Amsterdam secondary schools are becoming increasingly segregated and children from families with well-educated parents rarely mix with those from more disadvantaged backgrounds, according to a new report by the city council’s research department.
Pupils at one in four schools are almost exclusively from highly-educated parents, while in four out of 10 schools, children from low-skilled families make up 80% or more of the school population. For example, twice as many pupils go to schools in the districts of Centrum and Zuid as actually live in the city’s wealthiest districts, the report said.
In just eight schools is there a 50/50 split, which accurately reflects the city’s general population, the OIS statistics office said. Two years ago, 11 schools had the ‘ideal’ mix.
One reason for the segregation is the rise in single stream schools in the city. In the main, Dutch pupils are divided into pre-university (vwo), pre-college (havo) and vocational training (vmbo) streams at the age of 12 but an increasing number of schools only offer one type of education.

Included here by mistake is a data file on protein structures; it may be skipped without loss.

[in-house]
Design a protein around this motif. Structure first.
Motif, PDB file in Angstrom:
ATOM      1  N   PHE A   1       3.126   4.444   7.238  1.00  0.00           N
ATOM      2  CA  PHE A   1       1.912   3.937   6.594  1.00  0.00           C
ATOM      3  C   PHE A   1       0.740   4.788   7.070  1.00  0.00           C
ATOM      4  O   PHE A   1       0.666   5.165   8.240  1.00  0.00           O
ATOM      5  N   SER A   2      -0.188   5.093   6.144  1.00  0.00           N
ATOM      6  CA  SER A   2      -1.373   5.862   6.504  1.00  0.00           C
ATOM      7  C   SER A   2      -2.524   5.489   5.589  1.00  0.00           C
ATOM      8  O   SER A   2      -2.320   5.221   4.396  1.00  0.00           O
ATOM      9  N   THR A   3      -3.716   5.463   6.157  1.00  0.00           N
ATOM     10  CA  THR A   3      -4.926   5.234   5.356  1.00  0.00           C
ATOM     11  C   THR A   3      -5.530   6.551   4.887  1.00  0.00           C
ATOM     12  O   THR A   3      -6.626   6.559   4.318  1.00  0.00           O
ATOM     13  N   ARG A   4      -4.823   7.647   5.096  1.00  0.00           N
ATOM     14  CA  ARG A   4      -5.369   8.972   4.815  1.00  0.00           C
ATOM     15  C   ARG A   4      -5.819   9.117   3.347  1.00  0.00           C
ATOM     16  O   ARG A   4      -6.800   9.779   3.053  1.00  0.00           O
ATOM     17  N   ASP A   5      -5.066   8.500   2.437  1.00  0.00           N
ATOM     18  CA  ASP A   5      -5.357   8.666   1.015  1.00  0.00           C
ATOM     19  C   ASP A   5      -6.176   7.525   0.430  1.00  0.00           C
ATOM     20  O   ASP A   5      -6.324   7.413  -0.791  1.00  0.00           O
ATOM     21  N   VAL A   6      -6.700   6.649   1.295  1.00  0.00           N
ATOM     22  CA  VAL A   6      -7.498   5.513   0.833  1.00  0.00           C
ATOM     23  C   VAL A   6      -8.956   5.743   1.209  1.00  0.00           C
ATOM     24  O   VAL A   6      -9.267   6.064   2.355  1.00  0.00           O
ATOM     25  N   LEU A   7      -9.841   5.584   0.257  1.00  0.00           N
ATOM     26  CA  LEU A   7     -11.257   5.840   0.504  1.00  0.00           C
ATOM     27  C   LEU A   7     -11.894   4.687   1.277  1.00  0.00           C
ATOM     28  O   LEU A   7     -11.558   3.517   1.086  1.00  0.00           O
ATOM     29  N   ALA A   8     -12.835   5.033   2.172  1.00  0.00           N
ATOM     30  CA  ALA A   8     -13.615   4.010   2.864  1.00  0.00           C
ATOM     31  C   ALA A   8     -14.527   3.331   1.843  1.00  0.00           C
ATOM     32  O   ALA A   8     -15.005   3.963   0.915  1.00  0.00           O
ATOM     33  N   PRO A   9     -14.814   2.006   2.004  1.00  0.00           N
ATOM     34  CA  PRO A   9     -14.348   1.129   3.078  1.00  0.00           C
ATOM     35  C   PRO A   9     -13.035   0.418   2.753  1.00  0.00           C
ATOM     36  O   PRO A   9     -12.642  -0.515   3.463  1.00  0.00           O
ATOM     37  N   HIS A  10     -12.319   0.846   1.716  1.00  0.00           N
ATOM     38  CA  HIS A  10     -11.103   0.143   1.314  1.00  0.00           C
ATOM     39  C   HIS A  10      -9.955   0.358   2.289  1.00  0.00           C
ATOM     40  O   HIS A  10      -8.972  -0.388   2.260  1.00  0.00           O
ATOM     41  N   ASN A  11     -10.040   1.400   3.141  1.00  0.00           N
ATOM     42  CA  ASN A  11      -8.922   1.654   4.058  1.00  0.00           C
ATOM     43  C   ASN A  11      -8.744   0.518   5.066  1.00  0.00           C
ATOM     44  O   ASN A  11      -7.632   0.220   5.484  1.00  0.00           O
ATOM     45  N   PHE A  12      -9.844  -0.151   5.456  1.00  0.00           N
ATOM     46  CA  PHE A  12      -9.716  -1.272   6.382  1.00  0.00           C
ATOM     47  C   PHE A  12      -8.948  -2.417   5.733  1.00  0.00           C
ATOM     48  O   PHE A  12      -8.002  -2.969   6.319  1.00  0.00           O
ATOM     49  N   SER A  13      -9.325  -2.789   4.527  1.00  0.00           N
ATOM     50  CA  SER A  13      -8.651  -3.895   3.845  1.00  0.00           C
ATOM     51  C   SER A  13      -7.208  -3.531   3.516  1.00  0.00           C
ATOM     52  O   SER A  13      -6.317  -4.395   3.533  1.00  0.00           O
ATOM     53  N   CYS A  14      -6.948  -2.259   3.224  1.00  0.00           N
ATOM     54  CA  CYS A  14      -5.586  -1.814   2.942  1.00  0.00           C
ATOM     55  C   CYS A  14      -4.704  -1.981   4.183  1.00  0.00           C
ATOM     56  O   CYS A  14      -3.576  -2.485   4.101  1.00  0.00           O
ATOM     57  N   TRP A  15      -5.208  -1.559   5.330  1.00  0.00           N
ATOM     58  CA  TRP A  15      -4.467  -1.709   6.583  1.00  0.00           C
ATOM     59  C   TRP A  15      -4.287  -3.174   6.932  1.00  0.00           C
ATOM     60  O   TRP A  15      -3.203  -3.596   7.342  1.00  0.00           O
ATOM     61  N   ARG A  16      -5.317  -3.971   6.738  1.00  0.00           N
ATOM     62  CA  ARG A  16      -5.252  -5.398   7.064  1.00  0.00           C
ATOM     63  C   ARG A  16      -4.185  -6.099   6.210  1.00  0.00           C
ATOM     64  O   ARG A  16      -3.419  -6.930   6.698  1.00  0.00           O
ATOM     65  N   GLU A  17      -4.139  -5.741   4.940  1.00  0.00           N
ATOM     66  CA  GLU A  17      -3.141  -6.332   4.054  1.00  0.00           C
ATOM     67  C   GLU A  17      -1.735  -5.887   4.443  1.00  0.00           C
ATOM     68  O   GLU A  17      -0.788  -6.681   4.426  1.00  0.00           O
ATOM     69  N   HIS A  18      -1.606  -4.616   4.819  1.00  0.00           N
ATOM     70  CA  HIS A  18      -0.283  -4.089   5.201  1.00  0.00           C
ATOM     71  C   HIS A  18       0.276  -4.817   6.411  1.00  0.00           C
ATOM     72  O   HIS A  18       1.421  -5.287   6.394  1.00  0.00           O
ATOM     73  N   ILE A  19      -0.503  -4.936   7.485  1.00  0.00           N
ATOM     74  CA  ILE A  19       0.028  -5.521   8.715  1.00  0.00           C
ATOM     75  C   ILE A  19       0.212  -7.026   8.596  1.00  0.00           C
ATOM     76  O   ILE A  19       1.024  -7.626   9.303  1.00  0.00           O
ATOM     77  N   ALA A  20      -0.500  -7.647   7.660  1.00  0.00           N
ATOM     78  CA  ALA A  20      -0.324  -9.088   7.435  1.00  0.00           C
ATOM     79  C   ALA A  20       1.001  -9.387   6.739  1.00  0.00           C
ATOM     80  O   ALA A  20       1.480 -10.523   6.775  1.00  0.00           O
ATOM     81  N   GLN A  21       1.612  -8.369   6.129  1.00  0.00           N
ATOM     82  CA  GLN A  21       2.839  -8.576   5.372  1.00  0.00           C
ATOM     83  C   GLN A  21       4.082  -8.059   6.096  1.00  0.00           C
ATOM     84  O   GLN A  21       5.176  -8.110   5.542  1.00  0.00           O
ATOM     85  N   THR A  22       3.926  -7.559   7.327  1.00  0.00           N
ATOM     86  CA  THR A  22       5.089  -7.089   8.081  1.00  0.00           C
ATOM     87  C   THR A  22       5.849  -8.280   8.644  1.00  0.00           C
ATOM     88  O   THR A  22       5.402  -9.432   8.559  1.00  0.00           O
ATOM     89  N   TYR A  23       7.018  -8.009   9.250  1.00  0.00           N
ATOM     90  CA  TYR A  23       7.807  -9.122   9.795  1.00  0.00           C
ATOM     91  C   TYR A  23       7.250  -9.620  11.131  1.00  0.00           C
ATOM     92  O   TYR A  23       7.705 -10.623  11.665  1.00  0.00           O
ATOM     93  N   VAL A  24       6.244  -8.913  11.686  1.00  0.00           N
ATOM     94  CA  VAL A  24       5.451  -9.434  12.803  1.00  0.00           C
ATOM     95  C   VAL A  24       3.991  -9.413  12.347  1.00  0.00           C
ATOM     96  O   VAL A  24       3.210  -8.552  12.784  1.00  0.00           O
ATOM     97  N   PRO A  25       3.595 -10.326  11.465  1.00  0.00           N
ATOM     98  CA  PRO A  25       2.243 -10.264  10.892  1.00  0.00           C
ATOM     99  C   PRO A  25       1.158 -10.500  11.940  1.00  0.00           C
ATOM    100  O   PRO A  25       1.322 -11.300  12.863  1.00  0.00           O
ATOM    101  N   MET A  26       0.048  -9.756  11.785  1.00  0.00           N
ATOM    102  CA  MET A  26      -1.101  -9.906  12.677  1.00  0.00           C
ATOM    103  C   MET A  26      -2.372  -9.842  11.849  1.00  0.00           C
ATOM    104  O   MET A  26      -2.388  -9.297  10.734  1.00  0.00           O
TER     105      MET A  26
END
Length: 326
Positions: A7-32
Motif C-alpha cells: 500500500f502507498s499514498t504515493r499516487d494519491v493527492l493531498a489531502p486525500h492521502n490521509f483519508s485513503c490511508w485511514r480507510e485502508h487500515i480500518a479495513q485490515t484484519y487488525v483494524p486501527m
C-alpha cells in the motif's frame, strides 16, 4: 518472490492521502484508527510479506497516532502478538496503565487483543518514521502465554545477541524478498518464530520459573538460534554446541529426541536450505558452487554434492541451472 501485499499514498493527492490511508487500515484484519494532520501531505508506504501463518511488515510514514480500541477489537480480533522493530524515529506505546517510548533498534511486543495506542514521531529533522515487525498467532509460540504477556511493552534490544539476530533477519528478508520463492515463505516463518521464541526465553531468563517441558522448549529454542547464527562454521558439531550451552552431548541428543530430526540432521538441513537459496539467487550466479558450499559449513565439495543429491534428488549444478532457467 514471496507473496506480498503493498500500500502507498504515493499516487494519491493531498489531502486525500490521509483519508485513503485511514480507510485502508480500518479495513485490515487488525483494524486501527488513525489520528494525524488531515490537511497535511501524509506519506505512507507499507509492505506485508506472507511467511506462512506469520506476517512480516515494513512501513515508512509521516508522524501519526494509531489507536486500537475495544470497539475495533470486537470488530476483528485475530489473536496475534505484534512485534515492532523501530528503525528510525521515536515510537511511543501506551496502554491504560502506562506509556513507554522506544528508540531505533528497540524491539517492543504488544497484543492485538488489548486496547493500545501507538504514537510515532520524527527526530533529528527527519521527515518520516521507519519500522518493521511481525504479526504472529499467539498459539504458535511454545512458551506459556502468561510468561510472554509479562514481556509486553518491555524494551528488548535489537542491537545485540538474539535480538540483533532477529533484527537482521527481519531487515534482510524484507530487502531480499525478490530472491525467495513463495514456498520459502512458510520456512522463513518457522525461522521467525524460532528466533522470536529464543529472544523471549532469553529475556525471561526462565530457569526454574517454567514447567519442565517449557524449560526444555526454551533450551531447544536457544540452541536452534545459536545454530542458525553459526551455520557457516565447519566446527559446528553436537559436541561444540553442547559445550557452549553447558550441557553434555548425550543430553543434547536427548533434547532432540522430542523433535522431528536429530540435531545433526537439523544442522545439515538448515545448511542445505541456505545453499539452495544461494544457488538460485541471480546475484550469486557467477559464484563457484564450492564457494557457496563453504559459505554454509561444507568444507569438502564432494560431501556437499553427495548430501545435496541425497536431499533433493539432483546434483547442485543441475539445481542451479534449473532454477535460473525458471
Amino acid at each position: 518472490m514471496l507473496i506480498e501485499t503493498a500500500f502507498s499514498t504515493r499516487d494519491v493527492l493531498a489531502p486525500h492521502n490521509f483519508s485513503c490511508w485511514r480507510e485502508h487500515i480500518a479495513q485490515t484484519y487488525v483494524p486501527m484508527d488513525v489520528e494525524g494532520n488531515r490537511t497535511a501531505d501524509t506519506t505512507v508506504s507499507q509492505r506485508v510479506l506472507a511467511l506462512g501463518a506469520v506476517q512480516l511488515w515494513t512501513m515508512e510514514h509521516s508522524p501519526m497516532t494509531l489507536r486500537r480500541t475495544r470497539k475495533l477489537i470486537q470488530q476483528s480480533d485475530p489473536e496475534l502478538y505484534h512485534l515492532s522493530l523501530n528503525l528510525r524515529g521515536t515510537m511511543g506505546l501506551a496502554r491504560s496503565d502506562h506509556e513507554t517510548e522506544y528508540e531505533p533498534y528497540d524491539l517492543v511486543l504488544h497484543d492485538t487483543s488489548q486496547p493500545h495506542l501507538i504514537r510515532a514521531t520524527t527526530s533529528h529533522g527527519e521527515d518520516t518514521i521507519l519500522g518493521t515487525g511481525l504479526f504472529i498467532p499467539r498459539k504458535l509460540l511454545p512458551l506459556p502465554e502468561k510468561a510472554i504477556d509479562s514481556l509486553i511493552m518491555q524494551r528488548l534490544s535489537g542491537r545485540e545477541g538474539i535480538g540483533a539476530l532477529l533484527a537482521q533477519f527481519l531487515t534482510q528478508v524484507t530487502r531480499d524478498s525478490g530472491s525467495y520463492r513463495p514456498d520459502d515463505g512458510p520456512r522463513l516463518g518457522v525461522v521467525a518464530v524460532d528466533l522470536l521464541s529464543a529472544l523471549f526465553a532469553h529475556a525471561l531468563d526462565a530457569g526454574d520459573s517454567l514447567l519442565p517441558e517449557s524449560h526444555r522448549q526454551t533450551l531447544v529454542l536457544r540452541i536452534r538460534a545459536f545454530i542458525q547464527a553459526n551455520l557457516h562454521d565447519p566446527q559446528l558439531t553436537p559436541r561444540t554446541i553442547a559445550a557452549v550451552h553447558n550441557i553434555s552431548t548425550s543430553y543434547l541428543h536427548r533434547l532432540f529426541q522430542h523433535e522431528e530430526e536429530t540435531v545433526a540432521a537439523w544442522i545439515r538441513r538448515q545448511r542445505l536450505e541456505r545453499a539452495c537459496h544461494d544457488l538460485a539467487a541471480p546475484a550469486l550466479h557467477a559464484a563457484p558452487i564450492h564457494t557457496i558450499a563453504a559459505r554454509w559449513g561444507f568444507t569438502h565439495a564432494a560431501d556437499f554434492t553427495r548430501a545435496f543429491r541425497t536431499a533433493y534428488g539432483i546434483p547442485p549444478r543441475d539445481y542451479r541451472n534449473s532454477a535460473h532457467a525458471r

‘This means that children from different social classes rarely come into contact with each other,’ Amsterdam university professor Herman van de Werfhorst told the Parool. The rise of schools which only cater to pre-university or pre-vocational training streams is increasing the divisions, he said.
‘The best children go to the best schools, with the best teachers,’ he said. ‘This inequality is only increasing and no one seems to find it an issue.’
Research also suggests that children with low-skilled parents are more likely to be sent to vocational schools.